Background: Most previous studies have found that cutaneous metastases occur infrequently and are rarely present at the time the cancer is initially diagnosed.
Objective: We studied patients with metastatic cancer to determine the overall frequency of skin metastases, the frequency that these were the first sign of extranodal disease, and the clinical and histologic features of the cutaneous lesions.
Methods: A 10-year period of tumor registry files was searched for patients with metastatic carcinoma and melanoma. For patients with skin metastases, medical records and pathology reports were also examined.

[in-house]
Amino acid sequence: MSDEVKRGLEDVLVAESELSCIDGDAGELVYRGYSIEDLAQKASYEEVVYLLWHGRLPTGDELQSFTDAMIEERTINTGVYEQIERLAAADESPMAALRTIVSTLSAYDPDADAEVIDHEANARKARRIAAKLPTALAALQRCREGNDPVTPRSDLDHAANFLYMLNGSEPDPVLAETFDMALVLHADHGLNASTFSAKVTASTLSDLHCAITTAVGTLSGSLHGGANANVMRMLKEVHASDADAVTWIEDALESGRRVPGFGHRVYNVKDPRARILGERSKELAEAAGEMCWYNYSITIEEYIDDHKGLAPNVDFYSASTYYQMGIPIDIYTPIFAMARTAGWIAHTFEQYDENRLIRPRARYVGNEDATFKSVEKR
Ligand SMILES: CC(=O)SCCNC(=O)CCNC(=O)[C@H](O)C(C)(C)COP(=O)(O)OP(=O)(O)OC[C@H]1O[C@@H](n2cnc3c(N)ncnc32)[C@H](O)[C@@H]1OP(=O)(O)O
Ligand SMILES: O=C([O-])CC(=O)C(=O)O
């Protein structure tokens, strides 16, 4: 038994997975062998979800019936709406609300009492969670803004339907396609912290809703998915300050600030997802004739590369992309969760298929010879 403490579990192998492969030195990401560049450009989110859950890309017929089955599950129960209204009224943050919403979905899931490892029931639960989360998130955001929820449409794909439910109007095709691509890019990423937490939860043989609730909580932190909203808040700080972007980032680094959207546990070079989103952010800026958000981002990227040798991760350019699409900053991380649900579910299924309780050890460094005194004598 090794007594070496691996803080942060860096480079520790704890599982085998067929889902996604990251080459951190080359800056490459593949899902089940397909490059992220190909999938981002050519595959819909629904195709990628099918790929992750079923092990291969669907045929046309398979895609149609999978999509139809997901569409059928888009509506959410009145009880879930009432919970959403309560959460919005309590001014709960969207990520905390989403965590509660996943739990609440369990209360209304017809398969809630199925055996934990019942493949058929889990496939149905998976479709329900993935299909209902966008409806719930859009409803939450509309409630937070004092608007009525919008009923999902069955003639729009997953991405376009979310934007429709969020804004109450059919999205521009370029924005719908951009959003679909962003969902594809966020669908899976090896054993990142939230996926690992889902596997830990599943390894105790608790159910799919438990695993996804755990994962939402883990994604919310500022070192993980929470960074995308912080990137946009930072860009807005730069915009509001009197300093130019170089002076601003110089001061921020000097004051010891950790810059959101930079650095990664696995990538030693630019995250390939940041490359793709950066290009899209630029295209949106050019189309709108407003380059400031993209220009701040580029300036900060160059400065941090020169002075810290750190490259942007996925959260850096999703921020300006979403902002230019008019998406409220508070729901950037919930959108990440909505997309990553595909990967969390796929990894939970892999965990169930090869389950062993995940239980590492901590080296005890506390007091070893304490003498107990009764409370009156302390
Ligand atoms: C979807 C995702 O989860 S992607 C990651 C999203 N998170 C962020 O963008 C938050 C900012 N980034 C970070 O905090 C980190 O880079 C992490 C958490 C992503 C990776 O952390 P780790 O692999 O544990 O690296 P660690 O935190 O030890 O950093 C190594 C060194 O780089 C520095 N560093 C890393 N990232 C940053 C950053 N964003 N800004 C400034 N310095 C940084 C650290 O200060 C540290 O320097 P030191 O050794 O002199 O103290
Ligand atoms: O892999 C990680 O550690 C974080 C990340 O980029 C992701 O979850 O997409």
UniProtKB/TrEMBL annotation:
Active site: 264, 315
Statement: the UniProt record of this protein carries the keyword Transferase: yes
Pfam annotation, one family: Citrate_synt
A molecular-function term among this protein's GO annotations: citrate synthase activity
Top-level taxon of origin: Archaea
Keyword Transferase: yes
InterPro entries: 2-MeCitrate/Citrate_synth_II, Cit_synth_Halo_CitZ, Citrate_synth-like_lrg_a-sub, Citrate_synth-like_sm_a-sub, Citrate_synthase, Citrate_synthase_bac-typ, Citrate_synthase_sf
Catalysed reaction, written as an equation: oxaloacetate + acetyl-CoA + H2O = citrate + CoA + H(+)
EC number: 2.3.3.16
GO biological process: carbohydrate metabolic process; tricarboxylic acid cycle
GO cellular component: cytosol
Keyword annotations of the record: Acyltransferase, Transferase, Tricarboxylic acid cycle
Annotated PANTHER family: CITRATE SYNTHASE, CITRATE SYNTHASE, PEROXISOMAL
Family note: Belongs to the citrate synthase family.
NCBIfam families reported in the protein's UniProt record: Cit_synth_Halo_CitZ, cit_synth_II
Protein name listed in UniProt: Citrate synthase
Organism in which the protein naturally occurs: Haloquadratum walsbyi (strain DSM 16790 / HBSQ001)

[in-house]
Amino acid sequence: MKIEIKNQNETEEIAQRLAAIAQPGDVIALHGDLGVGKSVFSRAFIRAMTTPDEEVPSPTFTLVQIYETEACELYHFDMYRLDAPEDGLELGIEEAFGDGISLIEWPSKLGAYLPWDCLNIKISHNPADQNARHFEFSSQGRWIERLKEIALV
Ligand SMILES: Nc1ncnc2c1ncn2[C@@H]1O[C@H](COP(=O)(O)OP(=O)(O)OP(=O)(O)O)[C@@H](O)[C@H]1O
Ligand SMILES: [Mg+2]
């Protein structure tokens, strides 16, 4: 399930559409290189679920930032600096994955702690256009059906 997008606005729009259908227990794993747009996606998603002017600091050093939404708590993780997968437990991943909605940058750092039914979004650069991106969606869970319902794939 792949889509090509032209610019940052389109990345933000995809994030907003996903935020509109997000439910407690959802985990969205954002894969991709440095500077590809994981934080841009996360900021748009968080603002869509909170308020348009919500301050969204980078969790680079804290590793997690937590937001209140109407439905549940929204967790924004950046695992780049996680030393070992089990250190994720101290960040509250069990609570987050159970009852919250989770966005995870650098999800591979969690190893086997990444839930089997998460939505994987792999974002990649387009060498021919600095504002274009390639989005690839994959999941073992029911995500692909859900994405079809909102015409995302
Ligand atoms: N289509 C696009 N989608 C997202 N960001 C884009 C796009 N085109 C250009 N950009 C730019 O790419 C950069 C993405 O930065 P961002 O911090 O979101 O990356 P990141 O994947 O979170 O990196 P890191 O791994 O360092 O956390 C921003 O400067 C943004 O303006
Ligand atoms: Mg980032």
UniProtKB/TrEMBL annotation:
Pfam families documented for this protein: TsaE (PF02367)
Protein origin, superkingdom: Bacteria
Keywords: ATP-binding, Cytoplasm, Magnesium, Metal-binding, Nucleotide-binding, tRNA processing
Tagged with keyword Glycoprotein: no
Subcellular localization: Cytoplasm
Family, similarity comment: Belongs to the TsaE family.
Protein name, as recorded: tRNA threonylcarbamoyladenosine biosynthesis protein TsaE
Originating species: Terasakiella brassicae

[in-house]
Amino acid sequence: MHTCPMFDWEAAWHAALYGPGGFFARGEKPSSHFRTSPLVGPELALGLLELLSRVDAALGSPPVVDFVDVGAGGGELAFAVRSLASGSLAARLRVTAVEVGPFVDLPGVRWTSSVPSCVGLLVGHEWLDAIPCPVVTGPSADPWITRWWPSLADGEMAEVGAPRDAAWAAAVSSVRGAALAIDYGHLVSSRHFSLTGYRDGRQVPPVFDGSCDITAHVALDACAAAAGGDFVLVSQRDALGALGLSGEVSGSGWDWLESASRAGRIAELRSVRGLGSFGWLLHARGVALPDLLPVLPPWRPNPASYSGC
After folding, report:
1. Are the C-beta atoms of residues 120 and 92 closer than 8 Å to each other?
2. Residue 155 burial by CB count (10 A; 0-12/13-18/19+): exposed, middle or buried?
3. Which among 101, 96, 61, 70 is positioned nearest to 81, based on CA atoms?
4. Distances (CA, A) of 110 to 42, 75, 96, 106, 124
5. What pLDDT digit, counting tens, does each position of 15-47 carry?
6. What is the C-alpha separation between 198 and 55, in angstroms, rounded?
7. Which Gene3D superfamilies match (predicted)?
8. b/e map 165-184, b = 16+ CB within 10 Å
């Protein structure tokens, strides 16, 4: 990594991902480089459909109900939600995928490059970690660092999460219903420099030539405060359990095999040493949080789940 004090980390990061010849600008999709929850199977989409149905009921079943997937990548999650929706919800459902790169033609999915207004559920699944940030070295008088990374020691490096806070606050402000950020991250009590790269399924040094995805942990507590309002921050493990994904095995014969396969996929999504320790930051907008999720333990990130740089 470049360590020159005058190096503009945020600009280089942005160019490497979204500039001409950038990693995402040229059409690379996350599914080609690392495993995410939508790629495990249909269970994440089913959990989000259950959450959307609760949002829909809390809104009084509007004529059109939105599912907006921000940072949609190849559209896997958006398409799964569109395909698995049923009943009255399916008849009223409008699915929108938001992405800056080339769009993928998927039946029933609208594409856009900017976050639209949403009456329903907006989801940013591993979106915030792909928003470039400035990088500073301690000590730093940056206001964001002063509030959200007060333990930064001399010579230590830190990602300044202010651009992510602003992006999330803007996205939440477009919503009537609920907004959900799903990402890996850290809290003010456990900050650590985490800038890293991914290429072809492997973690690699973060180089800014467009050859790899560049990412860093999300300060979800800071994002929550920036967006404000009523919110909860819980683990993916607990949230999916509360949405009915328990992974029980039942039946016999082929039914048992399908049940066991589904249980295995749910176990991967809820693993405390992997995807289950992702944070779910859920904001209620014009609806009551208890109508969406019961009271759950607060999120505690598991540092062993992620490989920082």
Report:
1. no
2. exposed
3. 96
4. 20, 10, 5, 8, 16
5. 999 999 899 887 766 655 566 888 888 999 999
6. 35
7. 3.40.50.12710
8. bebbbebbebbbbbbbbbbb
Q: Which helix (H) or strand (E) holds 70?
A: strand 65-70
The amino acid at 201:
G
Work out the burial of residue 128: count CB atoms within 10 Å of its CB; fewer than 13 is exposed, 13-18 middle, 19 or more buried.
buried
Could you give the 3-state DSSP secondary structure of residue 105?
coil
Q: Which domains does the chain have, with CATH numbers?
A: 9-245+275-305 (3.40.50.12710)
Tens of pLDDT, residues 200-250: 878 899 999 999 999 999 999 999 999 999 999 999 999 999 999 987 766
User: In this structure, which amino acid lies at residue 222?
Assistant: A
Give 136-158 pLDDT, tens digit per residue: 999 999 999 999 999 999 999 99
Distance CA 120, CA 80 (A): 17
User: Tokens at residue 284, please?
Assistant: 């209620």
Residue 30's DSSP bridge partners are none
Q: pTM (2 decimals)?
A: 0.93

Results: Of 4020 patients with metastatic disease, 420 (10%) had cutaneous metastases; in 306 of them the skin metastases were the first sign of extranodal metastatic Breast cancer and melanoma were the most common. Nodules were the most frequent clinical presentation, although inflammatory, cicatricial, and bullous lesions were also noted. Incisional metastases were common. Histologic findings most frequently revealed adenocarcinoma that was sometimes suggestive of the site of origin. After recognition of skin metastases, mean patient survival ranged from 1 to 34 months depending on tumor type.
Conclusion: Cutaneous metastases are not uncommon and frequently are the first sign of extranodal metastatic disease, particularly in patients with melanoma, breast cancer, or mucosal cancers of the head and neck.